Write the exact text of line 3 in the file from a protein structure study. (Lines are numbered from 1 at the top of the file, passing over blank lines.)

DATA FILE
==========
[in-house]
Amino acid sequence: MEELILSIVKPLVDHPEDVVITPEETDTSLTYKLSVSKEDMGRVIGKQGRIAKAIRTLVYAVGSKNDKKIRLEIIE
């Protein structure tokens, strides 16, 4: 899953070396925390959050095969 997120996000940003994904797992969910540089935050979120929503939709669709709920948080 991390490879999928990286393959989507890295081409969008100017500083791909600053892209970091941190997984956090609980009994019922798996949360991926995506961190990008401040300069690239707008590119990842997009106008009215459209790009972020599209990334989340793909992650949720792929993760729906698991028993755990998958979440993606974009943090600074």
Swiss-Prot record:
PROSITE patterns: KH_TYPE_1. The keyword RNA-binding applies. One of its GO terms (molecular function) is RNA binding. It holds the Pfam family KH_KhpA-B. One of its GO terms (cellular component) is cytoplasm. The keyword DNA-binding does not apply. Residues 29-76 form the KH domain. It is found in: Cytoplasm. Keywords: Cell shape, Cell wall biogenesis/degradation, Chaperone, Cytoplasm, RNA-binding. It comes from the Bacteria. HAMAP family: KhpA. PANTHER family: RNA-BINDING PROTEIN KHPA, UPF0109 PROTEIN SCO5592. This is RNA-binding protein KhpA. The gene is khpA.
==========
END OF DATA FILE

């Protein structure tokens, strides 16, 4: 899953070396925390959050095969 997120996000940003994904797992969910540089935050979120929503939709669709709920948080 991390490879999928990286393959989507890295081409969008100017500083791909600053892209970091941190997984956090609980009994019922798996949360991926995506961190990008401040300069690239707008590119990842997009106008009215459209790009972020599209990334989340793909992650949720792929993760729906698991028993755990998958979440993606974009943090600074």